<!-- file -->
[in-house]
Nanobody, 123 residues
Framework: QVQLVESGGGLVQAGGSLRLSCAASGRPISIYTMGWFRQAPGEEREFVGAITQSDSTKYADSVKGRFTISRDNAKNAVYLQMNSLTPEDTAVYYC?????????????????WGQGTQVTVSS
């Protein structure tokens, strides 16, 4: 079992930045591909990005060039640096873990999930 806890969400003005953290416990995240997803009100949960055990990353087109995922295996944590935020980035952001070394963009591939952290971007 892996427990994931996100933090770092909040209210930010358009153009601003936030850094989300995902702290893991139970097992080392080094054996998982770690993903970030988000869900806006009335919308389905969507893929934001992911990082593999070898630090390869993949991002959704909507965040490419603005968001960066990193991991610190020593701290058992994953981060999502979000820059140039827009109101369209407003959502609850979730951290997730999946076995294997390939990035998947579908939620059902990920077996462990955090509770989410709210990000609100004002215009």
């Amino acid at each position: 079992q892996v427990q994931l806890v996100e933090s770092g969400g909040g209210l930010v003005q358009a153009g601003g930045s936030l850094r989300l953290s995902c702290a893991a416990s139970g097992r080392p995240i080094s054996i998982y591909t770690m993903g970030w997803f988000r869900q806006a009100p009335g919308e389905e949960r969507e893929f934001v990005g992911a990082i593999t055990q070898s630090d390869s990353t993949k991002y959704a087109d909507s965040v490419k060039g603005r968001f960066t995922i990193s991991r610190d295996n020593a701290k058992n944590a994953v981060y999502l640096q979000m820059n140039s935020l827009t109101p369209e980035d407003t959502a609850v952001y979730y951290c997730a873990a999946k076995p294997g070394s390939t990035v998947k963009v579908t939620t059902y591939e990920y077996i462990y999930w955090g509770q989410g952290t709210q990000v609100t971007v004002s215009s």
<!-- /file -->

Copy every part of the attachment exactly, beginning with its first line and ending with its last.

[in-house]
Nanobody, 123 residues
Framework: QVQLVESGGGLVQAGGSLRLSCAASGRPISIYTMGWFRQAPGEEREFVGAITQSDSTKYADSVKGRFTISRDNAKNAVYLQMNSLTPEDTAVYYC?????????????????WGQGTQVTVSS
């Protein structure tokens, strides 16, 4: 079992930045591909990005060039640096873990999930 806890969400003005953290416990995240997803009100949960055990990353087109995922295996944590935020980035952001070394963009591939952290971007 892996427990994931996100933090770092909040209210930010358009153009601003936030850094989300995902702290893991139970097992080392080094054996998982770690993903970030988000869900806006009335919308389905969507893929934001992911990082593999070898630090390869993949991002959704909507965040490419603005968001960066990193991991610190020593701290058992994953981060999502979000820059140039827009109101369209407003959502609850979730951290997730999946076995294997390939990035998947579908939620059902990920077996462990955090509770989410709210990000609100004002215009």
């Amino acid at each position: 079992q892996v427990q994931l806890v996100e933090s770092g969400g909040g209210l930010v003005q358009a153009g601003g930045s936030l850094r989300l953290s995902c702290a893991a416990s139970g097992r080392p995240i080094s054996i998982y591909t770690m993903g970030w997803f988000r869900q806006a009100p009335g919308e389905e949960r969507e893929f934001v990005g992911a990082i593999t055990q070898s630090d390869s990353t993949k991002y959704a087109d909507s965040v490419k060039g603005r968001f960066t995922i990193s991991r610190d295996n020593a701290k058992n944590a994953v981060y999502l640096q979000m820059n140039s935020l827009t109101p369209e980035d407003t959502a609850v952001y979730y951290c997730a873990a999946k076995p294997g070394s390939t990035v998947k963009v579908t939620t059902y591939e990920y077996i462990y999930w955090g509770q989410g952290t709210q990000v609100t971007v004002s215009s």